Next Meeting: Tuesday, September 15
Biology Amphitheater, Price Hall
Berrien Springs, MI
Meeting starts at 7:30 p.m.
(Every 3rd Tuesday of every month except December)
Normal Meeting sequence is as follows:
• Introduce visitors.
• Present Specific Club Information.
• Identify dive events upcoming or planned.
• Identify & discuss diving related news important to divers.
• Present any Show & Tell.
• Attendees speak about current diving experiences or lessons learned.
• Open session.
Thanks to everyone who participated the clubs annual picnic and extra “THANKS” to Larry & Jeri, Ken & Lucy, and Lee & Nancy for supplying the grills, purchasing the steak & chicken, doing the cooking, bringing setup tables, and securing the area. It is very much appreciated.
Review of MUD club paper work indicates that we need Membership (application) Forms and Waivers completed for a number of individual’s. Forms will be available at the club meetings. If your status has changed you may review your form and update it.
As a side note, of 60 Mud Club Surveys sent out in August we had a return rate of 12%. Surveys will be available at the next club meeting.
Last Meeting Highlights:
There were 22 members and 1 visitor (Matt from DL Divers”) in attendance at the August meeting where the following was discussed:
• Phone directory pending identification of paid members.
• MUD Club Picnic, in Niles Aug 22, cooking begins at 12:00 P.M. Identified volunteers for grills, purchasing steaks & chicken, and staking out an area.
• Club cards distributed to members present who had not received any.
• Lesson Learned: Discussed BC weighting- Lake vs River diving.
• Trivia quiz on Niles bridge construction & local effects of pile installation.
• Discussed MI invasive species: Fish & vegetation, and red algae blooms.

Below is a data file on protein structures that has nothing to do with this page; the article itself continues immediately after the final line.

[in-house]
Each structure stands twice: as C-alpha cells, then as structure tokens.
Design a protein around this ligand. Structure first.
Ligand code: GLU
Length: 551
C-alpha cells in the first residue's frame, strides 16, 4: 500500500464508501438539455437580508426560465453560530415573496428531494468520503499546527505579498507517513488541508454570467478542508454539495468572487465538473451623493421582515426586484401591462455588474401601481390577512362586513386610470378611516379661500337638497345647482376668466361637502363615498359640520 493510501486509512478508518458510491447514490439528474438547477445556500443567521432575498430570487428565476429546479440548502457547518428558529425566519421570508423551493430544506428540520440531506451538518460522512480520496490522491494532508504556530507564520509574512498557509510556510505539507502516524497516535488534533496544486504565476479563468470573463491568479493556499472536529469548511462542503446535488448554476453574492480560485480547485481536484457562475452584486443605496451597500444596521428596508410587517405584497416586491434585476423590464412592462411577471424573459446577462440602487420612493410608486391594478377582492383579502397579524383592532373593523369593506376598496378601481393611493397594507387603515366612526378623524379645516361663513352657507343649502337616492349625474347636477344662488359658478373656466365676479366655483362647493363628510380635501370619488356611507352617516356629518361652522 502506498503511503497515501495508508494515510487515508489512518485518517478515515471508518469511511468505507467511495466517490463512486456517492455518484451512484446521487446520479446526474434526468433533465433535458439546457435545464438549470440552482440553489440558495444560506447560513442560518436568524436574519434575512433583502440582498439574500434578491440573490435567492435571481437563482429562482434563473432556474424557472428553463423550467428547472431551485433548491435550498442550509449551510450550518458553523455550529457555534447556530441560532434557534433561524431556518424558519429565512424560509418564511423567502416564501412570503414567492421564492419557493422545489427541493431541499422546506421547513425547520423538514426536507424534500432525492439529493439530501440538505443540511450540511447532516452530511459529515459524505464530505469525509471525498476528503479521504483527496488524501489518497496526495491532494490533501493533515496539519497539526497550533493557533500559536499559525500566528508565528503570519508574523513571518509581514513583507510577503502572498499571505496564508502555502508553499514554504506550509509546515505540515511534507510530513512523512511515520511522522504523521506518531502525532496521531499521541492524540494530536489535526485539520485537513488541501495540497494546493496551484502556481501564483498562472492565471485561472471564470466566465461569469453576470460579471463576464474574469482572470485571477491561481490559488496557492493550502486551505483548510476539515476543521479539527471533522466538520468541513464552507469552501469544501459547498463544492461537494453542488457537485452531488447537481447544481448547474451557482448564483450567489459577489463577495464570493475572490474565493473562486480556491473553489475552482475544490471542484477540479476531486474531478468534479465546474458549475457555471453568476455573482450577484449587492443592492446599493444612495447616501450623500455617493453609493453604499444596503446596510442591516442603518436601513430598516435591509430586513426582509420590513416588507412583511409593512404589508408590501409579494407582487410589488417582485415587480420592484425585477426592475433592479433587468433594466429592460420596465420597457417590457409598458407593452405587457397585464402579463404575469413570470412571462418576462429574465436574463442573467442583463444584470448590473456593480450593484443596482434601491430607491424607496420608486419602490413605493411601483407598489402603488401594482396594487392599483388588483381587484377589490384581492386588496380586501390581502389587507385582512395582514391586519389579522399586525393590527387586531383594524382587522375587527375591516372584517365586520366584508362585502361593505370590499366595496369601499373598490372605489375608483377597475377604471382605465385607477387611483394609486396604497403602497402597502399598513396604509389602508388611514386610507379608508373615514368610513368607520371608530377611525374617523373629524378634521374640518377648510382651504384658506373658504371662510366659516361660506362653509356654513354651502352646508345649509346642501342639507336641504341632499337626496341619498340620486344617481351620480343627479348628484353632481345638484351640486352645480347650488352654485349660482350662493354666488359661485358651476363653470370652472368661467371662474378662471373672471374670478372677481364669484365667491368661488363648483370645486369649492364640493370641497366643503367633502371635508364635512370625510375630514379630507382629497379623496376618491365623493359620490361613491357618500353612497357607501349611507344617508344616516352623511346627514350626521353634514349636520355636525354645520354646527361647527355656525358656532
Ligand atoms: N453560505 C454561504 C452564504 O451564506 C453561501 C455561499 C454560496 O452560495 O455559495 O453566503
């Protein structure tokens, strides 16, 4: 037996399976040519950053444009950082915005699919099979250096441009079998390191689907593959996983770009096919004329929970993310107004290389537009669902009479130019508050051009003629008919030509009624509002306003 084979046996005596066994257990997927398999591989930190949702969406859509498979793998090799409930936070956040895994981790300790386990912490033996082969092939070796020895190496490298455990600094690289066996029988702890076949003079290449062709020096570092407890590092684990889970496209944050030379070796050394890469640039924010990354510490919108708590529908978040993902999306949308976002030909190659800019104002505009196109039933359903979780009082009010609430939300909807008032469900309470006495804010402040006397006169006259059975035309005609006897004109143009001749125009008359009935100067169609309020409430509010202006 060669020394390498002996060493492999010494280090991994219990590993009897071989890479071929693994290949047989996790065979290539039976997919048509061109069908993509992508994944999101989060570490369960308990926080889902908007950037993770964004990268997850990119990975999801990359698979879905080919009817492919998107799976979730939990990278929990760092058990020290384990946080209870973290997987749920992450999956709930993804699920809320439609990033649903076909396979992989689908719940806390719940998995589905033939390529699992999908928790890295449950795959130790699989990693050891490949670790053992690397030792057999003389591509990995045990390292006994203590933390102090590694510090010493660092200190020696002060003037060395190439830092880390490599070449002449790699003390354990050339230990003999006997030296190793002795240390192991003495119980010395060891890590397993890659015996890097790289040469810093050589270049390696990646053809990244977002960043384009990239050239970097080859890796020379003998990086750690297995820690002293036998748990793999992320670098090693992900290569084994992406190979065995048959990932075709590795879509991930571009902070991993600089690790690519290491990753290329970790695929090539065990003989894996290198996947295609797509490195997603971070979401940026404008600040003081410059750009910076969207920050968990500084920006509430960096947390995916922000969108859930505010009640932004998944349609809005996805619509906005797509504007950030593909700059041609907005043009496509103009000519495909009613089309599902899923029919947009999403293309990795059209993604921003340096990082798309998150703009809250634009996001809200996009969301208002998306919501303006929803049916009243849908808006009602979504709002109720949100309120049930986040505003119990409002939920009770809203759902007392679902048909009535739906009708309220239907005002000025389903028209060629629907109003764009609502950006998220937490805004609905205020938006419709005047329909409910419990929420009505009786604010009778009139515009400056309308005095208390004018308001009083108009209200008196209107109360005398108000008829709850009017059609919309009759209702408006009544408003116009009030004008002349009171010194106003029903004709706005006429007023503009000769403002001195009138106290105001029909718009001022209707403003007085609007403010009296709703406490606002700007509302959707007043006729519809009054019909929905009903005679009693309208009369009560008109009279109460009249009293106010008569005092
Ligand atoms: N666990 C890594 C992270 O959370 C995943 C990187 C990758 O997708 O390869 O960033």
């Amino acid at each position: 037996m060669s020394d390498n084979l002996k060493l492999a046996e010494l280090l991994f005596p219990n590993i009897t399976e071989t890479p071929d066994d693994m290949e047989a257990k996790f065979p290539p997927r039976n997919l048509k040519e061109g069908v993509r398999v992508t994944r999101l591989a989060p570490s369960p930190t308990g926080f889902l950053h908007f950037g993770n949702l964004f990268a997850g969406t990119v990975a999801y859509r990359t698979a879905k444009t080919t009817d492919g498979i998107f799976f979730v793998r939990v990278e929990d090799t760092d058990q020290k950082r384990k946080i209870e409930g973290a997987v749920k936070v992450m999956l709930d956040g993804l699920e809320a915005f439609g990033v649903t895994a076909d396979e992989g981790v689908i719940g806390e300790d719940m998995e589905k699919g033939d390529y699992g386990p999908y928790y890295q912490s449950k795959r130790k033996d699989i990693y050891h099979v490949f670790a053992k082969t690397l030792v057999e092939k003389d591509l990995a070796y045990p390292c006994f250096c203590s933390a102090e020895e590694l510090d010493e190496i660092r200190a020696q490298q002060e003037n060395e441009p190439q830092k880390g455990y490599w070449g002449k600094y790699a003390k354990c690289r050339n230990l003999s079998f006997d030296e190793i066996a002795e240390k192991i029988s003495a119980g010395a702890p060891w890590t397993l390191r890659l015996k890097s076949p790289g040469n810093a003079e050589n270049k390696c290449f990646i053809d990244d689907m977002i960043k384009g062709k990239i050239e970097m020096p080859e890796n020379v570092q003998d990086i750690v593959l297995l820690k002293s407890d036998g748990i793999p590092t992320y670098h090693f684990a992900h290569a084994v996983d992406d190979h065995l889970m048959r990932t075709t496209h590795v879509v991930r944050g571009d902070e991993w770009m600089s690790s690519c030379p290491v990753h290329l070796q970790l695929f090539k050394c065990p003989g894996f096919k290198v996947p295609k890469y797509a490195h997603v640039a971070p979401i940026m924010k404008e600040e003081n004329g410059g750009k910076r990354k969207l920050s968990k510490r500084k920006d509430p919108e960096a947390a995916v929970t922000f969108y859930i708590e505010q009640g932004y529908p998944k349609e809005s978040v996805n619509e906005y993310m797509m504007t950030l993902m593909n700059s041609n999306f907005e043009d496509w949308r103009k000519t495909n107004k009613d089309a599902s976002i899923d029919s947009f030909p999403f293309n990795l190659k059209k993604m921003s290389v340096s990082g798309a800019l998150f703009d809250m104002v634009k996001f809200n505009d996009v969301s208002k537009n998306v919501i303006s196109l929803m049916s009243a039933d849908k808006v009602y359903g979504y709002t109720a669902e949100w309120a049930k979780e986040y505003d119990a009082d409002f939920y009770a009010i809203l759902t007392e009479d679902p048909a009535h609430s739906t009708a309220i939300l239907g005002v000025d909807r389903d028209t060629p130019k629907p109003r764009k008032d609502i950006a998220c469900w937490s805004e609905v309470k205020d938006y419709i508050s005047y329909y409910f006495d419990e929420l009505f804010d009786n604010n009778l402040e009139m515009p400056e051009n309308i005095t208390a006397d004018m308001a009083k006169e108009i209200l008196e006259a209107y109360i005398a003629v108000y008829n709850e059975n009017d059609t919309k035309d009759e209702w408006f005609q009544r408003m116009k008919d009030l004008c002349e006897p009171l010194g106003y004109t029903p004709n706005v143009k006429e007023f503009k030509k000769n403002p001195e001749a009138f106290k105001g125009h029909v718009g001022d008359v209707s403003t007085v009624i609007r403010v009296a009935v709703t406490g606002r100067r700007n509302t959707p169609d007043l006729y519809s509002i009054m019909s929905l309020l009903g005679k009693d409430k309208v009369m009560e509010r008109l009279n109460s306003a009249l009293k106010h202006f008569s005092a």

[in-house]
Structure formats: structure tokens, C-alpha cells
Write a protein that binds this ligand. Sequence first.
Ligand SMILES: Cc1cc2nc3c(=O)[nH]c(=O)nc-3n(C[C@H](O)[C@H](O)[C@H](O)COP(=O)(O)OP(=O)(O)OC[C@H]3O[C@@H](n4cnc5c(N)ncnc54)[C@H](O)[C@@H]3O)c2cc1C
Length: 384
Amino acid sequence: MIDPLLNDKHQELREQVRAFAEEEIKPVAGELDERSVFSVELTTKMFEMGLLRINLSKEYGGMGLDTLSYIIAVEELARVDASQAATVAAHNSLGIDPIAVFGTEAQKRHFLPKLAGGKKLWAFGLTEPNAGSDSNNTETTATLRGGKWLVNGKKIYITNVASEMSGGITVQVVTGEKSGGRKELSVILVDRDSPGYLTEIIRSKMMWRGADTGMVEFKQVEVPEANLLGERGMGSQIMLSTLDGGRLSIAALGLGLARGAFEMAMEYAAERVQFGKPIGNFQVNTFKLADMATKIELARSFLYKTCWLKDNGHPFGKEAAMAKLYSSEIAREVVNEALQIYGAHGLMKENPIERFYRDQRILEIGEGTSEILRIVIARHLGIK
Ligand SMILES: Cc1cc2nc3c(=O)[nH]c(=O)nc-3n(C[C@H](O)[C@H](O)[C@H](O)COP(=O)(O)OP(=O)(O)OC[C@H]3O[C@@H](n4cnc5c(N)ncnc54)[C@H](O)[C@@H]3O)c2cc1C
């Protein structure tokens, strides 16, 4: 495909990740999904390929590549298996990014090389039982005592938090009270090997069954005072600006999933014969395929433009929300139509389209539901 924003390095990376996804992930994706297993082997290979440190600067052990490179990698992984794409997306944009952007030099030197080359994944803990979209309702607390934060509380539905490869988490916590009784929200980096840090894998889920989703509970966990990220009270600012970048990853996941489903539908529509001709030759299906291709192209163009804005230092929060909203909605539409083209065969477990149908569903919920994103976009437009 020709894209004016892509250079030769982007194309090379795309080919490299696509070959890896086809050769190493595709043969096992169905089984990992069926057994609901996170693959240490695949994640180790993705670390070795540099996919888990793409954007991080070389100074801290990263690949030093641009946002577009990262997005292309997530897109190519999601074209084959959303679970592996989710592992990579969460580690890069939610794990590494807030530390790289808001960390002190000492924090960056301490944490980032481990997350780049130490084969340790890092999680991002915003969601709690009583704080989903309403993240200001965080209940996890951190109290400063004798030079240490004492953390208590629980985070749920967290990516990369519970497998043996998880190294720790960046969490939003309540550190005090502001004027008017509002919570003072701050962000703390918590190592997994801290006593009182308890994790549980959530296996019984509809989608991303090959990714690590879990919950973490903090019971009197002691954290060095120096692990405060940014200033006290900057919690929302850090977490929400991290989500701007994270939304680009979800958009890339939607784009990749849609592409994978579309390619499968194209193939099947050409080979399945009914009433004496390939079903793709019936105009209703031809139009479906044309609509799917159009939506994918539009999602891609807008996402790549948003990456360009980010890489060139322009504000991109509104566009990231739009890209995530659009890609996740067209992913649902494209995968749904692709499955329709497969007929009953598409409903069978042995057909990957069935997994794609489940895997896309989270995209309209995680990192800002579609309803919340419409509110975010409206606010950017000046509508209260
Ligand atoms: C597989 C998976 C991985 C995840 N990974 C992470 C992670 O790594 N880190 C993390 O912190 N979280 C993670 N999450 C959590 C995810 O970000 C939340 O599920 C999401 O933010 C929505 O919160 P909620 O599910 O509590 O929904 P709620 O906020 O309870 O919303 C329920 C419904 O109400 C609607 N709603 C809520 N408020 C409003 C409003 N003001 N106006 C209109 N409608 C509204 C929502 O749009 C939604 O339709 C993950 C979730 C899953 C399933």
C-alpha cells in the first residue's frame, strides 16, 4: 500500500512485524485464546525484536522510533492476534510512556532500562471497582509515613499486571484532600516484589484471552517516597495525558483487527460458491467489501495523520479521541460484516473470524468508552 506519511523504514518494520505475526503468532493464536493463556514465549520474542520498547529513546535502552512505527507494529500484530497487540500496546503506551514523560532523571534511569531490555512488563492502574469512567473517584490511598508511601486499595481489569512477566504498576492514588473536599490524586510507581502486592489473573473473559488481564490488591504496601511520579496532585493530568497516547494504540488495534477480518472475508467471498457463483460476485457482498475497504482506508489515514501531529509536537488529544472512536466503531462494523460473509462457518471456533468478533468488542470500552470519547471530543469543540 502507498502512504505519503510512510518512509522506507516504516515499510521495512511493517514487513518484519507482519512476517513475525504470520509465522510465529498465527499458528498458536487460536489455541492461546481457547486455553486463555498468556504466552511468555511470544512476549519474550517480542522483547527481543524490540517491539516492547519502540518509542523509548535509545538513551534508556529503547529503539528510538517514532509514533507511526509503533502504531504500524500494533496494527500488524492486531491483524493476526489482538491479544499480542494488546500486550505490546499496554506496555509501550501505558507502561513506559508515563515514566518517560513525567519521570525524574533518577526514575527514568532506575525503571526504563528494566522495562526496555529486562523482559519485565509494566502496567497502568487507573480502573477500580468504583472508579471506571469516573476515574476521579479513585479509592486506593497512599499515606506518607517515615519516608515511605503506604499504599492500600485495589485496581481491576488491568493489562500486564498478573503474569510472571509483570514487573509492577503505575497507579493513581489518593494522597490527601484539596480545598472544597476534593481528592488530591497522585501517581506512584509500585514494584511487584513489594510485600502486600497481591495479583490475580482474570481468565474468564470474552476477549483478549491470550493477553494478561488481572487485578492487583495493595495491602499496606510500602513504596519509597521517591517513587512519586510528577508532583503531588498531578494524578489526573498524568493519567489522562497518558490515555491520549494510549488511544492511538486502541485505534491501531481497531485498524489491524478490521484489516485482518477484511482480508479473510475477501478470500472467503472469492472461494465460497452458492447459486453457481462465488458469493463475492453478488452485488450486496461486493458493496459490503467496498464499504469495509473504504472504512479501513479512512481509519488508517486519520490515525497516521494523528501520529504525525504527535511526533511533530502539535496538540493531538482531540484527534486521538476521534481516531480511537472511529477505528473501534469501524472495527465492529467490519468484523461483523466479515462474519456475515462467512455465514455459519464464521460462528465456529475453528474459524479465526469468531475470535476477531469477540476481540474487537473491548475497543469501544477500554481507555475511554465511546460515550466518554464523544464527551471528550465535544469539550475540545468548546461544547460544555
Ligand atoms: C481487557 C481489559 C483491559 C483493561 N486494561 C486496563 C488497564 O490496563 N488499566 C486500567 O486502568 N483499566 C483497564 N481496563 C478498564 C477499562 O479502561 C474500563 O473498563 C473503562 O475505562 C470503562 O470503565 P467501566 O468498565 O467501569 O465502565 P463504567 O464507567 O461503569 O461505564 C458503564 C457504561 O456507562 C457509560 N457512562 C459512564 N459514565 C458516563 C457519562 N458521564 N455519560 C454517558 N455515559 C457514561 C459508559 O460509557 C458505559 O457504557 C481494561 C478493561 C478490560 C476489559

• Kevin spoke a little about the JV Moran, Muskegon, the wreck F.W.Wheeler and the City of Green Bay.
• MSRA has been active; R. Wilbanks & Clive Cussler were out looking for “Flight 2501” and located a houseboat.
• Wreck Dive Week – Identified who was going and when.
• Still no update on receiving Sponge Survey kits.
• No show and tell.
• Dives performed included: Havana A &B, Mack’s Wreck, Sass Dives, Rockaway, City of Green Bay and AA5.
• Roma’s afterward
2015 Dive Schedule:
Organize a dive and paste it on the Facebook MUD club site.
Thirsty Thursdays: The Niles River has provided many Muddies lots of adventures and bottles the last 4 weeks. As its getting dark earlier, you need to be putting a light on your float. Come on down and join the fun.
Check out these dive shops that Muddy Divers use:
Wolf’s Marine Dive Shop , Benton Harbor, MI (http://www.wolfsmarine.com/DiveShop.aspx)
Sub Aquatic Sports & Service , Battle Creek, MI (http://www.sassdive.com)
Divers Inc. , Ann Arbor, MI (http://www.diversinc.com)
iDiveMi. , Cheboygan, MI (http://www.idivemi.com/northern-michigan-dive-center)
Hart City Scuba , Elkhart, IN (http://www.hartcityscuba.com)
Just Add H2O , South Bend, IN [Michiana Divers] (http://www.justaddh2o.us.com)